So, what does this mean for your run? Because supercritical foams are composed of multiple tiny cells (imagine running on millions of small air bubbles), they offer more responsiveness at a lighter weight than traditional midsole compounds.

“I tested the Mach 6 on an 8-mile run with 30-second pickups every mile. I noticed that it felt peppier and better for up-tempo runs than the Mach 5,” says Kate, who’s currently training for a half-marathon. “I was able to get a good turnover going, and picking up the pace every mile felt smooth.”

Reviewers all agreed that the Mach 6 felt firmer than the Mach 5. What we couldn’t agree on was whether or not that was a good thing.

Kate found the Mach 5 to be too soft for speed work, so she was pleased with the firmer feeling Mach 6. But Travis and I wished the cushioning was just a tad softer.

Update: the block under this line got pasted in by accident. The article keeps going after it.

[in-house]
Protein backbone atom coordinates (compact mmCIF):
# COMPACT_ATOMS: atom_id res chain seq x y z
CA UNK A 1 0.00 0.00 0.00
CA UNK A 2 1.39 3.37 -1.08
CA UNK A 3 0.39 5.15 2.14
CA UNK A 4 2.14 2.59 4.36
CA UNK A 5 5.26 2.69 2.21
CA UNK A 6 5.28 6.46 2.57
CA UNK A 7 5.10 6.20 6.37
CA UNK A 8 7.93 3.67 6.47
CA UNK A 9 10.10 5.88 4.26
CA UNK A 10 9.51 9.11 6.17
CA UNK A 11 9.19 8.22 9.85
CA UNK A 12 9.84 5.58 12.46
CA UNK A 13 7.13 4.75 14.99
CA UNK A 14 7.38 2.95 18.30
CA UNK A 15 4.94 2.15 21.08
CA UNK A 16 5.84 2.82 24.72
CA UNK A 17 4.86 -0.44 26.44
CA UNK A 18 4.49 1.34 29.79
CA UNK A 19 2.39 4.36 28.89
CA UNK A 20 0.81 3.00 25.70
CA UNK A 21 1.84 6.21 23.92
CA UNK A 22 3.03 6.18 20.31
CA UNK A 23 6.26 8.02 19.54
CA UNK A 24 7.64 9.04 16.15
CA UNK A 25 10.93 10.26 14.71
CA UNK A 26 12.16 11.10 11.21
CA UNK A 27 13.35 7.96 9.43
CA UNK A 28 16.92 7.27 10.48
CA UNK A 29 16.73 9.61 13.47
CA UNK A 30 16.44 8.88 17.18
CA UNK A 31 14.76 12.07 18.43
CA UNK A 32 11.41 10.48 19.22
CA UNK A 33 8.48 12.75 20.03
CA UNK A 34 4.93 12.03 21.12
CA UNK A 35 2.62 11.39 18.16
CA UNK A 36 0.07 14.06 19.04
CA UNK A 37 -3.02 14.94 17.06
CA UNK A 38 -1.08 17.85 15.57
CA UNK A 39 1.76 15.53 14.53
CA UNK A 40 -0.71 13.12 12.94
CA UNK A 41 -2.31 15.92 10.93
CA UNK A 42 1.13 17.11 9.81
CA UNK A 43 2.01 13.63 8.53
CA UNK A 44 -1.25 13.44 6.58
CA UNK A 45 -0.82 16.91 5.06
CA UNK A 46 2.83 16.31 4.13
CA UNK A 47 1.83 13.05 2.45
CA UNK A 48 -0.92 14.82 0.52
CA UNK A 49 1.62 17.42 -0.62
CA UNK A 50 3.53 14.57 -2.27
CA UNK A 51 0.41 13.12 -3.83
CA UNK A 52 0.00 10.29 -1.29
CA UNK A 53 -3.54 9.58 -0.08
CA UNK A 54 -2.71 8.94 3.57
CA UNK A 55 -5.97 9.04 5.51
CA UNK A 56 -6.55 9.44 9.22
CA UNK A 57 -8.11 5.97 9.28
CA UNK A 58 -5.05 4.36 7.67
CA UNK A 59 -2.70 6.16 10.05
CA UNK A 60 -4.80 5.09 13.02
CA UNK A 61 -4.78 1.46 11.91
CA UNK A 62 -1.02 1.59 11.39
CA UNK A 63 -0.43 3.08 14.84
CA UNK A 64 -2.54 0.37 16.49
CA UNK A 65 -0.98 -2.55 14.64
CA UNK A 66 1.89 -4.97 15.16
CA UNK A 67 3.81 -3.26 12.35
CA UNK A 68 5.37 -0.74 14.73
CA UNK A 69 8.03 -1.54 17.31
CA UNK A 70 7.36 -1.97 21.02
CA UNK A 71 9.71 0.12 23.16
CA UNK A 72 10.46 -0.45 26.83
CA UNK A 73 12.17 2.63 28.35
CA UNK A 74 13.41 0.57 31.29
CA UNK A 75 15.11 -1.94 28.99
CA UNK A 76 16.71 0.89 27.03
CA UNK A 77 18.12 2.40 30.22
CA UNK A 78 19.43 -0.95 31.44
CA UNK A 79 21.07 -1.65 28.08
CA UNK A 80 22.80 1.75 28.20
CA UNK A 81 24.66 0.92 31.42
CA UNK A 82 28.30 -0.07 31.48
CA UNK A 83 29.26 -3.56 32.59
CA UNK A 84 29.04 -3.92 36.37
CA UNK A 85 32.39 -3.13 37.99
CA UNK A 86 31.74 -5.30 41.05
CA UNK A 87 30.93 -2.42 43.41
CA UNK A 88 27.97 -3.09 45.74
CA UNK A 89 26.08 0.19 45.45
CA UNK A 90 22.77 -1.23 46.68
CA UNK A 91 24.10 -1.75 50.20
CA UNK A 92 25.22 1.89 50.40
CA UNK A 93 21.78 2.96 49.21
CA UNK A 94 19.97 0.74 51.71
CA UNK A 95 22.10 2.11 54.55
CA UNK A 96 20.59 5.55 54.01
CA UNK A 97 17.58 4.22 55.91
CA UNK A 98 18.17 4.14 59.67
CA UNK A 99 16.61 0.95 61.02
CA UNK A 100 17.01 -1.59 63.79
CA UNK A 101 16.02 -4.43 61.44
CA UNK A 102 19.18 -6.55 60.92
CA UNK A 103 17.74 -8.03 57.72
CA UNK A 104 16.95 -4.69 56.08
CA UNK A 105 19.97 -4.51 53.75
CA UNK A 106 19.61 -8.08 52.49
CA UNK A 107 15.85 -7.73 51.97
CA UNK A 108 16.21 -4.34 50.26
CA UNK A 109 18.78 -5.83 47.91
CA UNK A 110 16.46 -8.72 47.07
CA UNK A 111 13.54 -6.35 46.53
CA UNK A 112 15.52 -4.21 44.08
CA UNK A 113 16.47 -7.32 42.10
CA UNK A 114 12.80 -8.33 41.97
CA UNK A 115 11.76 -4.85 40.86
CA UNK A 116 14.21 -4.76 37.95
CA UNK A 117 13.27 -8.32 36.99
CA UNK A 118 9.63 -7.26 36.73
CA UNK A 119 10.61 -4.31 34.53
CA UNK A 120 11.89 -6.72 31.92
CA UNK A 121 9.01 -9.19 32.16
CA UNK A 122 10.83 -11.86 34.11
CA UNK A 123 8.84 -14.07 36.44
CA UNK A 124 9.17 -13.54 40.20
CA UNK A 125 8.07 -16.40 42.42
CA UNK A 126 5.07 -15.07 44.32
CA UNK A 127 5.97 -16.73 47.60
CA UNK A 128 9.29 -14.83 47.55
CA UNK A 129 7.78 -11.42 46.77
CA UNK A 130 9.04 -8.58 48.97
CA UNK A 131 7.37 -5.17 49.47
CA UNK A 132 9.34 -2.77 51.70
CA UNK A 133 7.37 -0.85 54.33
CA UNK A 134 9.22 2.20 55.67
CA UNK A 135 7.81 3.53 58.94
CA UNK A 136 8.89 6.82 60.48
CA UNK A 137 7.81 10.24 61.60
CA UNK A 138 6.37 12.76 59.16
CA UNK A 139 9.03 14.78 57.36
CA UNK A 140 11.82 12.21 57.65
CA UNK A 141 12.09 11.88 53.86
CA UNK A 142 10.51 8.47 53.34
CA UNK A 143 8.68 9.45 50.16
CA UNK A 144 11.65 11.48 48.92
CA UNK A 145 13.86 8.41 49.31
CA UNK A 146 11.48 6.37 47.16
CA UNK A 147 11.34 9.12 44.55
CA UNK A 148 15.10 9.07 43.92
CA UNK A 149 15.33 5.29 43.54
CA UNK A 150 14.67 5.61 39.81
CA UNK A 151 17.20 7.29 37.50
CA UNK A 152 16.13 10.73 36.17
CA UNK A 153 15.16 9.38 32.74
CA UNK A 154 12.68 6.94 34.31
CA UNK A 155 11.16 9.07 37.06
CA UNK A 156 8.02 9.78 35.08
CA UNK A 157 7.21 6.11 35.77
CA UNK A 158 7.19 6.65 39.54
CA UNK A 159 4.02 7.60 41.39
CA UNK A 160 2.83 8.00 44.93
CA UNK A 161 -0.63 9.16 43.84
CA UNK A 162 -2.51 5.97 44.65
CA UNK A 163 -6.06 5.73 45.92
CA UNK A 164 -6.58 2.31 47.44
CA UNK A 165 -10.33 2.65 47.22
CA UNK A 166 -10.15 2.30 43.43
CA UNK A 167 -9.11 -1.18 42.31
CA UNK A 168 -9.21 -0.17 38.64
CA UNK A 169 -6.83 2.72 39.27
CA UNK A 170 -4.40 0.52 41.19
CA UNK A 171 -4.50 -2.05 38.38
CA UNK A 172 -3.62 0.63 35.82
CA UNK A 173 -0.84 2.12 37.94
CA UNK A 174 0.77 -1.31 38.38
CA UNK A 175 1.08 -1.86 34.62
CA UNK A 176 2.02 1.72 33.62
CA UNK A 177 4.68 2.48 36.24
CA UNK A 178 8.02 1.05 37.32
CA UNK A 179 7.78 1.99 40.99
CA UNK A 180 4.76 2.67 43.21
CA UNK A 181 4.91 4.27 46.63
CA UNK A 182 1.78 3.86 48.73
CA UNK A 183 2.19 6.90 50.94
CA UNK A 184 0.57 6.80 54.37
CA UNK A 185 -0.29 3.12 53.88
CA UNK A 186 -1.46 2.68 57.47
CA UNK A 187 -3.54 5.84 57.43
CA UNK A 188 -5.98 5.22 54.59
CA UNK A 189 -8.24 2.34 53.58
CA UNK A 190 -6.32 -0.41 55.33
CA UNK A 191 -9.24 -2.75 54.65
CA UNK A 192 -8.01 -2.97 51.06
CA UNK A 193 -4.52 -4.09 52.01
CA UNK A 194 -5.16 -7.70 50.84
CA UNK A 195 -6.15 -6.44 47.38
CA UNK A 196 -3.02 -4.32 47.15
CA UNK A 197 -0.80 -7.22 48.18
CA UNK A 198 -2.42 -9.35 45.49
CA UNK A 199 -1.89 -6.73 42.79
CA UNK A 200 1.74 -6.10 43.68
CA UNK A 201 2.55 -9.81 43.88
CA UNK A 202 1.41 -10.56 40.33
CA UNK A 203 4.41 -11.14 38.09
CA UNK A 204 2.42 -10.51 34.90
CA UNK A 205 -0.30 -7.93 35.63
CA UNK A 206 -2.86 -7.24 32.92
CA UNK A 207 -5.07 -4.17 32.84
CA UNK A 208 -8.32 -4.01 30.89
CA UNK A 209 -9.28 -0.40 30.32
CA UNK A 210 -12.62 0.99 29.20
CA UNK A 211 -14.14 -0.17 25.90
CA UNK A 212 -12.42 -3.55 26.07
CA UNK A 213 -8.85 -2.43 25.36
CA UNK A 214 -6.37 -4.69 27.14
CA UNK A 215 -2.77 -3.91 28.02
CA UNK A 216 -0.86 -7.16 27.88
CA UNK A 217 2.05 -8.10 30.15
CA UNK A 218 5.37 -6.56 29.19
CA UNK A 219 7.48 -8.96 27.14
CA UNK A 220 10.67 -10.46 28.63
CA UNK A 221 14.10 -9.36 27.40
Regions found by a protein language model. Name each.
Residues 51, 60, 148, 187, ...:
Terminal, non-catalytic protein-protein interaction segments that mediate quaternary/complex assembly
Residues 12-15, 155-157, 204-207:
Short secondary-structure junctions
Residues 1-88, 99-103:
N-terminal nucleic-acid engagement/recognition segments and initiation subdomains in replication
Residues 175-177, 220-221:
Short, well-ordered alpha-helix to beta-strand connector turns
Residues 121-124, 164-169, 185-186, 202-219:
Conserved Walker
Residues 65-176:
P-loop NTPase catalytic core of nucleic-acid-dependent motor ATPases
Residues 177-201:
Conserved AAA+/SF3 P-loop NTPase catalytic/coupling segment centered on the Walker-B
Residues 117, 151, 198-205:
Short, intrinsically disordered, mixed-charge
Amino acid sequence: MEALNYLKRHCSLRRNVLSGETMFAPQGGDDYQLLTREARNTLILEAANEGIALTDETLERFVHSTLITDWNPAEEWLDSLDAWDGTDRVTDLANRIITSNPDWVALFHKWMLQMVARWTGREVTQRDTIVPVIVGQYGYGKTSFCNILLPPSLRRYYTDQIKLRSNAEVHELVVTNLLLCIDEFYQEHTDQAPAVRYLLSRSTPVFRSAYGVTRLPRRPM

As I mentioned above, the Mach 5 was one of my favorite shoes of 2022. The soft but springy foam that sat right underfoot provided a squishy, spongy sensation while the firmer bottom layer added some structure to the shoe. When I realized the Mach 6 was quite a bit firmer, I was almost as disappointed as I had been when San Diego State beat FAU with a buzzer-beater jump shot in the last 0.2 seconds.

“I definitely found the Mach 6 to be a lightweight but firm ride,” says Travis, who enjoys light, bouncy shoes. “I like that the cushion and rocker construction offer great energy, however, I found myself wishing that the cushioning was a little softer during my easier runs.”

In light of these updates, I can’t help but wonder if HOKA is using a firmer underfoot feel to signal that the Mach should be a top choice for uptempo runs and speedwork rather than slow, easy runs.

Sleek, lightweight upper drops another hint

The upper of the HOKA Mach 6.

If the firmed up midsole wasn’t enough of a hint for us to pick up the pace in the Mach 6, the lightweight, breathable upper doesn’t beat around the bush, either.

While it’s a little bit more padded than what you’d see in a carbon-plated supershoe, the engineered mesh upper and snug fit creates a performance-ready feel that makes you want to run fast.